One of my own favourite curry recipes (that I have written about before) comes from, of all places, the Harry’s Bar Cookbook. Now, I have absolutely no idea why this famous restaurant in Venice, Italy, has both a shrimp curry and a chicken curry on its menu, but both dishes (especially the shrimp) are delicious. The Cipriani curry recipe is amazingly similar to that of Japanese curry… which makes sense once you understand that the latter was based on a European adaptation of curry. The Cirpriani recipe asks you to cook onions, leek, carrots and apple until they are all super soft. You then flambe the ingredients, and then add flour, curry powder and stock. This is simmered for a half an hour and then strained. The only difference between the chicken curry and the shrimp curry recipes is in the stock used (chicken for the former and fish for the latter).

Japanese curry is the same. That said, I have been making big batches using minced beef, which I cook together with the sauce. The resulting minced beef curry can be eaten as is with rice and pickles, or when I’m in the mood for a meat overload, poured over a freshly fried tonkatsu.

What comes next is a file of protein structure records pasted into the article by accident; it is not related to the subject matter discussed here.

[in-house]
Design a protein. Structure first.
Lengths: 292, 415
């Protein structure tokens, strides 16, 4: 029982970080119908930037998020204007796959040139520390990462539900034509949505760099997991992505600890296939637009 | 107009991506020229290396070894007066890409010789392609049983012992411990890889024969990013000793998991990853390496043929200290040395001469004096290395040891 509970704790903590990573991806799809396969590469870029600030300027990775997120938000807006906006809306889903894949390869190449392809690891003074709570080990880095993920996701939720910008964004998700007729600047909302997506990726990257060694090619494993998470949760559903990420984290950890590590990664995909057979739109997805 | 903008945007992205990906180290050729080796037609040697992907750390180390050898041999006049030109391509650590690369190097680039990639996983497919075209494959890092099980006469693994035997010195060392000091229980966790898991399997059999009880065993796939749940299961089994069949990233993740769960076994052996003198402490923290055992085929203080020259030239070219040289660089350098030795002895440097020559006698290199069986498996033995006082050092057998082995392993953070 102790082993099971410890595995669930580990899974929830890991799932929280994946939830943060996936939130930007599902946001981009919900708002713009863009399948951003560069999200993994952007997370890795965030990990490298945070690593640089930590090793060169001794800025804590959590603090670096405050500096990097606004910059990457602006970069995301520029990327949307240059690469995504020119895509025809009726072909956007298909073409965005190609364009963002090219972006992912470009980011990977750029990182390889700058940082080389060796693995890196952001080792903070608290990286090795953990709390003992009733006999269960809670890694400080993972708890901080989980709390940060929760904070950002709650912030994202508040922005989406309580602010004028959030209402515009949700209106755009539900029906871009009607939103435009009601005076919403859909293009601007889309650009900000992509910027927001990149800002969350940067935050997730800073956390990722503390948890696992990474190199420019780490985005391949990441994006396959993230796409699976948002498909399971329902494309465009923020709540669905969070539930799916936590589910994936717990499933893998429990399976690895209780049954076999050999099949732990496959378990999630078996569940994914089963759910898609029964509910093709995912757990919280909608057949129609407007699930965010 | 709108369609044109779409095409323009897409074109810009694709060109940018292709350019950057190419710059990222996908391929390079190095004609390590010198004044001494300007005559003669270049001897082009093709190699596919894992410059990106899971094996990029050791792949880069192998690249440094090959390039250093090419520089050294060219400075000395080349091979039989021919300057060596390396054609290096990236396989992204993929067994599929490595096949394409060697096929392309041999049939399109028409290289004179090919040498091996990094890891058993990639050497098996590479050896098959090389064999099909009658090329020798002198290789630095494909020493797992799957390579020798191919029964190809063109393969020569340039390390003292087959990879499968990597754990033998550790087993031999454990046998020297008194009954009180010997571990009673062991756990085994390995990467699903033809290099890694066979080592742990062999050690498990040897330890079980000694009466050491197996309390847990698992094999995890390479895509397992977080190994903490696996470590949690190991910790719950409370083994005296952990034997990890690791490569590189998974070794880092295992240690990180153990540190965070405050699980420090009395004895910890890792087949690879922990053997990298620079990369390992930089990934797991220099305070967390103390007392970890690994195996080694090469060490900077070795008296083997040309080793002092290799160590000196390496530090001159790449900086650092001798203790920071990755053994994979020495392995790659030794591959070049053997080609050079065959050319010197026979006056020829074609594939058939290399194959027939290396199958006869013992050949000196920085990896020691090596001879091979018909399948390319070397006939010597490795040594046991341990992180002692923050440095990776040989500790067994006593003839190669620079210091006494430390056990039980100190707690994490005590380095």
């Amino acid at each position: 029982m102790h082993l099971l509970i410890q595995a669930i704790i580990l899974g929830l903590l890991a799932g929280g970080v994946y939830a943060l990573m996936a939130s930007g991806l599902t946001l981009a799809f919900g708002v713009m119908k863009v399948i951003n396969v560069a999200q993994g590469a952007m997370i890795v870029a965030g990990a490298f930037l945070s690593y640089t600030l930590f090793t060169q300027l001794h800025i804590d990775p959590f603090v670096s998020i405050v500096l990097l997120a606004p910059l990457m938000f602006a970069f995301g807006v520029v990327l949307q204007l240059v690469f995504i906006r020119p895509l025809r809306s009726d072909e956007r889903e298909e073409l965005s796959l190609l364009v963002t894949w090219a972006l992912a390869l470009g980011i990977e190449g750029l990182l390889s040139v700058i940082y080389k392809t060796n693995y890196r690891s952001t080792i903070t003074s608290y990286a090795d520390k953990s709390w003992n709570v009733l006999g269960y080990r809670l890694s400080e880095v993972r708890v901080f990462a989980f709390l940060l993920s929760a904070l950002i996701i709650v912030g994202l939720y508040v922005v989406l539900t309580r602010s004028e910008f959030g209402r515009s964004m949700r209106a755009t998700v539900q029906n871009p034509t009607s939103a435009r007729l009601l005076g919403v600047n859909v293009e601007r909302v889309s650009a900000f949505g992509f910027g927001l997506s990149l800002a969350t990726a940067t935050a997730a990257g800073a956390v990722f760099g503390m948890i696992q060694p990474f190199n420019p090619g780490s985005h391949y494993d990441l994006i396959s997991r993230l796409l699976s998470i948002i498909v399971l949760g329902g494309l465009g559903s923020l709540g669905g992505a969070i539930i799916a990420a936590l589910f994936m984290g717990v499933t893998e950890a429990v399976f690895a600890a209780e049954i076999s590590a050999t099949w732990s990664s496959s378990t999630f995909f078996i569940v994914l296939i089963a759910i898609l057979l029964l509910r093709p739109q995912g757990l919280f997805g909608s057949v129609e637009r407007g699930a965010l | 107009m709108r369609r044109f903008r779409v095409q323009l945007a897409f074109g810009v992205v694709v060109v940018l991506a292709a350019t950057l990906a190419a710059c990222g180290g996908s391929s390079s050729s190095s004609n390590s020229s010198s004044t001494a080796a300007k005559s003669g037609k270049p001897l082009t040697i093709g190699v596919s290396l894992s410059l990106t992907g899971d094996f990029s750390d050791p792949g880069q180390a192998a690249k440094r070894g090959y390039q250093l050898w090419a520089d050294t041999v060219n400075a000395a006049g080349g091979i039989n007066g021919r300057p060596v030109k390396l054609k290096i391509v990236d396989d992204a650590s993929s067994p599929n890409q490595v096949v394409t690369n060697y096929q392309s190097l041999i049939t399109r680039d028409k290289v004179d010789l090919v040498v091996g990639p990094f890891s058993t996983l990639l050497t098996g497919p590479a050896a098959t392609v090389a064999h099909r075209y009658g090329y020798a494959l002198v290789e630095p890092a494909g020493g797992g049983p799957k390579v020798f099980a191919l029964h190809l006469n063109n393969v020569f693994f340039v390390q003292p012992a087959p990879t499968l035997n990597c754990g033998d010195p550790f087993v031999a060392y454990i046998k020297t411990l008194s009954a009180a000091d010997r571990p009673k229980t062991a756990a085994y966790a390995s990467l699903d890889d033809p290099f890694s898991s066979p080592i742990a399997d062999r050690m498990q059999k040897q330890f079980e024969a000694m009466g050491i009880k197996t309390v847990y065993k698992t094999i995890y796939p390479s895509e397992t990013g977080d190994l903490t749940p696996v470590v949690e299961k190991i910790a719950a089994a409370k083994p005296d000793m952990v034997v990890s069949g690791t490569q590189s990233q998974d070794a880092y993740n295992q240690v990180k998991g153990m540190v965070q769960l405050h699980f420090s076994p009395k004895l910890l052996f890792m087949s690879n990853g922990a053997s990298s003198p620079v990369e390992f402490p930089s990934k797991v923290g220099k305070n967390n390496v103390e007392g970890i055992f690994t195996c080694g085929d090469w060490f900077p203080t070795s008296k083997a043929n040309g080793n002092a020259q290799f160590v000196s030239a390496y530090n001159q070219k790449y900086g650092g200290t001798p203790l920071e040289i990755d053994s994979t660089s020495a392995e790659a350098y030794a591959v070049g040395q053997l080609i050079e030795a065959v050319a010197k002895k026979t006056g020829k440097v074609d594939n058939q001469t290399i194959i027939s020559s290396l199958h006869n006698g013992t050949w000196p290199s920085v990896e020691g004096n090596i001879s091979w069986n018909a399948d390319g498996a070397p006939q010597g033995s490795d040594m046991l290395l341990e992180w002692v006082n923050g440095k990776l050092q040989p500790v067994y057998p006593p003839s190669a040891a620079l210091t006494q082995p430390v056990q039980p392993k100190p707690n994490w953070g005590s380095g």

It’s also a pretty easy dish to make. The most important thing, I think, is finding a curry powder that works best for you, and also figuring out how much of it to use. I’ve used different curry powders, some purchased commercially and some made by friends. As I am sure you know, some can be hotter than others, and some might have quite distinct ratios of the different spices that can go into a curry powder. These days, I tend to try and find a Japanese curry powder in a Japanese supermarket (or in Japan when travelling). Because I am not a huge chilli eater, I do like that most Japanese blends are actually quite mild. You could of course make your own blend but, honestly, I’m too lazy these days to do that. If you do want to, there are many recipes online.